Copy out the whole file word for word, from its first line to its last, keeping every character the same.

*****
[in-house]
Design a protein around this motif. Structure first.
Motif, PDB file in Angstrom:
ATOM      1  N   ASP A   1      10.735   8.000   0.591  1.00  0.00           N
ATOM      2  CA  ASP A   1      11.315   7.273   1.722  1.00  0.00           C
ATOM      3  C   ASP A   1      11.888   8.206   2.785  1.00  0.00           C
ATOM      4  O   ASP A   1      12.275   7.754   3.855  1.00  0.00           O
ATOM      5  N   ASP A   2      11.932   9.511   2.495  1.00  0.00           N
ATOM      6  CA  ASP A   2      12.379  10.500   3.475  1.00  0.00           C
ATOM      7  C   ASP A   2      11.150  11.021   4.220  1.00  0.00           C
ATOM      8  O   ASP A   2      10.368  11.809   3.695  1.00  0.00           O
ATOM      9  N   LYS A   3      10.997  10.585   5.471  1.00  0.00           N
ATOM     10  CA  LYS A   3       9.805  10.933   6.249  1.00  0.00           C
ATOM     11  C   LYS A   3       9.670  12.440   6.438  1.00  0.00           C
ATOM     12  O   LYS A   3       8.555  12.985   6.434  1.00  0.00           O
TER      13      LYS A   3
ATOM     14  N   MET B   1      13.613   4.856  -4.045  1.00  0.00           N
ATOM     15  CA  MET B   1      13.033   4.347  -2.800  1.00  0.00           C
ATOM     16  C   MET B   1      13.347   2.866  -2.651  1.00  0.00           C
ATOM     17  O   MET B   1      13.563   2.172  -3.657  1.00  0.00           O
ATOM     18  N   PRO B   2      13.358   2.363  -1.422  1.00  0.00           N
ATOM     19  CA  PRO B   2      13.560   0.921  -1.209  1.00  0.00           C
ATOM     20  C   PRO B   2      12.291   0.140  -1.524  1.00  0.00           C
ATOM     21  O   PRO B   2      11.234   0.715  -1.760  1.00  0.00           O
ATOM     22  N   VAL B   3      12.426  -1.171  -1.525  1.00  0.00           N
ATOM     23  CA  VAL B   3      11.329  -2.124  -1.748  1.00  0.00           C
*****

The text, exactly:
[in-house]
Design a protein around this motif. Structure first.
Motif, PDB file in Angstrom:
ATOM      1  N   ASP A   1      10.735   8.000   0.591  1.00  0.00           N
ATOM      2  CA  ASP A   1      11.315   7.273   1.722  1.00  0.00           C
ATOM      3  C   ASP A   1      11.888   8.206   2.785  1.00  0.00           C
ATOM      4  O   ASP A   1      12.275   7.754   3.855  1.00  0.00           O
ATOM      5  N   ASP A   2      11.932   9.511   2.495  1.00  0.00           N
ATOM      6  CA  ASP A   2      12.379  10.500   3.475  1.00  0.00           C
ATOM      7  C   ASP A   2      11.150  11.021   4.220  1.00  0.00           C
ATOM      8  O   ASP A   2      10.368  11.809   3.695  1.00  0.00           O
ATOM      9  N   LYS A   3      10.997  10.585   5.471  1.00  0.00           N
ATOM     10  CA  LYS A   3       9.805  10.933   6.249  1.00  0.00           C
ATOM     11  C   LYS A   3       9.670  12.440   6.438  1.00  0.00           C
ATOM     12  O   LYS A   3       8.555  12.985   6.434  1.00  0.00           O
TER      13      LYS A   3
ATOM     14  N   MET B   1      13.613   4.856  -4.045  1.00  0.00           N
ATOM     15  CA  MET B   1      13.033   4.347  -2.800  1.00  0.00           C
ATOM     16  C   MET B   1      13.347   2.866  -2.651  1.00  0.00           C
ATOM     17  O   MET B   1      13.563   2.172  -3.657  1.00  0.00           O
ATOM     18  N   PRO B   2      13.358   2.363  -1.422  1.00  0.00           N
ATOM     19  CA  PRO B   2      13.560   0.921  -1.209  1.00  0.00           C
ATOM     20  C   PRO B   2      12.291   0.140  -1.524  1.00  0.00           C
ATOM     21  O   PRO B   2      11.234   0.715  -1.760  1.00  0.00           O
ATOM     22  N   VAL B   3      12.426  -1.171  -1.525  1.00  0.00           N
ATOM     23  CA  VAL B   3      11.329  -2.124  -1.748  1.00  0.00           C